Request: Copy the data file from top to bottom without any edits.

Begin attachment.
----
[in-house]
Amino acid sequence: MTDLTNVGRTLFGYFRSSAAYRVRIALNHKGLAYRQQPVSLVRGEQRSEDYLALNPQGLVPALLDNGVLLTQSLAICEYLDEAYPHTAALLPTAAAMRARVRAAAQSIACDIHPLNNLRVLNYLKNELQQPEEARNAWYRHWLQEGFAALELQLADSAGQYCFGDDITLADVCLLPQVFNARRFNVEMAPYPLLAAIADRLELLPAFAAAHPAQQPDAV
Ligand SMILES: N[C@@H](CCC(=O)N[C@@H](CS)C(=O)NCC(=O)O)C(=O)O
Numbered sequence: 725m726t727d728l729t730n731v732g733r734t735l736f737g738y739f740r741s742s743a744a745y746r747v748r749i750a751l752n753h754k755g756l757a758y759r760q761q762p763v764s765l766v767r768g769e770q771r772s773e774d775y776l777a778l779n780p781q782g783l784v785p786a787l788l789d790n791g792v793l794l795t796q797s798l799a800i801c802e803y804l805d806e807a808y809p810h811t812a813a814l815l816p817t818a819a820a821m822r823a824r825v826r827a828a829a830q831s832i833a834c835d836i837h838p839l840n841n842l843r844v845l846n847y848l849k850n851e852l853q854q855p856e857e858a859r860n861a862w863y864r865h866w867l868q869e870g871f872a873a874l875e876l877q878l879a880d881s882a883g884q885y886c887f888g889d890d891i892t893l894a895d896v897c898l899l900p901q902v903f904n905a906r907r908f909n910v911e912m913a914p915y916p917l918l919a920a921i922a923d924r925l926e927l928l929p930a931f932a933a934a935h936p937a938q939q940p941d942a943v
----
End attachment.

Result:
[in-house]
Amino acid sequence: MTDLTNVGRTLFGYFRSSAAYRVRIALNHKGLAYRQQPVSLVRGEQRSEDYLALNPQGLVPALLDNGVLLTQSLAICEYLDEAYPHTAALLPTAAAMRARVRAAAQSIACDIHPLNNLRVLNYLKNELQQPEEARNAWYRHWLQEGFAALELQLADSAGQYCFGDDITLADVCLLPQVFNARRFNVEMAPYPLLAAIADRLELLPAFAAAHPAQQPDAV
Ligand SMILES: N[C@@H](CCC(=O)N[C@@H](CS)C(=O)NCC(=O)O)C(=O)O
Numbered sequence: 725m726t727d728l729t730n731v732g733r734t735l736f737g738y739f740r741s742s743a744a745y746r747v748r749i750a751l752n753h754k755g756l757a758y759r760q761q762p763v764s765l766v767r768g769e770q771r772s773e774d775y776l777a778l779n780p781q782g783l784v785p786a787l788l789d790n791g792v793l794l795t796q797s798l799a800i801c802e803y804l805d806e807a808y809p810h811t812a813a814l815l816p817t818a819a820a821m822r823a824r825v826r827a828a829a830q831s832i833a834c835d836i837h838p839l840n841n842l843r844v845l846n847y848l849k850n851e852l853q854q855p856e857e858a859r860n861a862w863y864r865h866w867l868q869e870g871f872a873a874l875e876l877q878l879a880d881s882a883g884q885y886c887f888g889d890d891i892t893l894a895d896v897c898l899l900p901q902v903f904n905a906r907r908f909n910v911e912m913a914p915y916p917l918l919a920a921i922a923d924r925l926e927l928l929p930a931f932a933a934a935h936p937a938q939q940p941d942a943v